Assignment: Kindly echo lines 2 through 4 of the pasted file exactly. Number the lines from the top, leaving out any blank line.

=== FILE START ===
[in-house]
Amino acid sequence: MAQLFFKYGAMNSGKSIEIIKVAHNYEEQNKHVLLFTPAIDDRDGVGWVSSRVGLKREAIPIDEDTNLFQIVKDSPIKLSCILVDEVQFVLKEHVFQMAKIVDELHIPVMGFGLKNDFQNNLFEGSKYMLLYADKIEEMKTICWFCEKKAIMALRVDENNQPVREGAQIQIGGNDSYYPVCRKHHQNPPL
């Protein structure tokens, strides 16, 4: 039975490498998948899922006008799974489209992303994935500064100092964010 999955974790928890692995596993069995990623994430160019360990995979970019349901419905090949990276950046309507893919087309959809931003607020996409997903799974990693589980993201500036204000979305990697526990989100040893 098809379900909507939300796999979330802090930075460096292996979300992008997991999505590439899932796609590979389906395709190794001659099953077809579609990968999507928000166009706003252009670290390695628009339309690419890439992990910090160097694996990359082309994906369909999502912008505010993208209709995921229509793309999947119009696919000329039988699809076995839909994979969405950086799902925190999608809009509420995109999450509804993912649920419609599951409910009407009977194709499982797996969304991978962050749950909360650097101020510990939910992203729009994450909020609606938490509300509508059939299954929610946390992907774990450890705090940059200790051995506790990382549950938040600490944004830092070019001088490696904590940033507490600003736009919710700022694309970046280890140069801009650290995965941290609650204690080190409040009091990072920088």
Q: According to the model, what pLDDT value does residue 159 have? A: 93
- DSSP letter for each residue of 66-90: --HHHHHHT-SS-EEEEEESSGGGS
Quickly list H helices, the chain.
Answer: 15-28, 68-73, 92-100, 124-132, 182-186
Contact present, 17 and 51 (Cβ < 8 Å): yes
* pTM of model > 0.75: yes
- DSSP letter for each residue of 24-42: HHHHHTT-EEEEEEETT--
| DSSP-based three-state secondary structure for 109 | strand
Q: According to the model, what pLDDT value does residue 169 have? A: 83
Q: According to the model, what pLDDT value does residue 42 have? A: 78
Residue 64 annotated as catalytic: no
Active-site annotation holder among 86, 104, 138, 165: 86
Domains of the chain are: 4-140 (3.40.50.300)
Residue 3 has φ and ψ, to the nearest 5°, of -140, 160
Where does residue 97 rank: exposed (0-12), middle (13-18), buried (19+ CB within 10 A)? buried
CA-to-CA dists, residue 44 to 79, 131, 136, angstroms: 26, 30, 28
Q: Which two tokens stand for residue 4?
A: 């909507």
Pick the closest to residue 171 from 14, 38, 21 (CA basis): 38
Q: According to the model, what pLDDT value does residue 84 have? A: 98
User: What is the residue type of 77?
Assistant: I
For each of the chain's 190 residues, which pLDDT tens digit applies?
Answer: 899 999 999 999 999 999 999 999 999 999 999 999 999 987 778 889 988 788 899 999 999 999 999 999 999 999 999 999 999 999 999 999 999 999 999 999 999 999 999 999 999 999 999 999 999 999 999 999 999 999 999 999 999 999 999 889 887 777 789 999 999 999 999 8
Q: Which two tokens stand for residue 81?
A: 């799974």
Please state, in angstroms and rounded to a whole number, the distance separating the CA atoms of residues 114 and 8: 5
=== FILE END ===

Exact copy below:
Amino acid sequence: MAQLFFKYGAMNSGKSIEIIKVAHNYEEQNKHVLLFTPAIDDRDGVGWVSSRVGLKREAIPIDEDTNLFQIVKDSPIKLSCILVDEVQFVLKEHVFQMAKIVDELHIPVMGFGLKNDFQNNLFEGSKYMLLYADKIEEMKTICWFCEKKAIMALRVDENNQPVREGAQIQIGGNDSYYPVCRKHHQNPPL
């Protein structure tokens, strides 16, 4: 039975490498998948899922006008799974489209992303994935500064100092964010 999955974790928890692995596993069995990623994430160019360990995979970019349901419905090949990276950046309507893919087309959809931003607020996409997903799974990693589980993201500036204000979305990697526990989100040893 098809379900909507939300796999979330802090930075460096292996979300992008997991999505590439899932796609590979389906395709190794001659099953077809579609990968999507928000166009706003252009670290390695628009339309690419890439992990910090160097694996990359082309994906369909999502912008505010993208209709995921229509793309999947119009696919000329039988699809076995839909994979969405950086799902925190999608809009509420995109999450509804993912649920419609599951409910009407009977194709499982797996969304991978962050749950909360650097101020510990939910992203729009994450909020609606938490509300509508059939299954929610946390992907774990450890705090940059200790051995506790990382549950938040600490944004830092070019001088490696904590940033507490600003736009919710700022694309970046280890140069801009650290995965941290609650204690080190409040009091990072920088």
Q: According to the model, what pLDDT value does residue 159 have? A: 93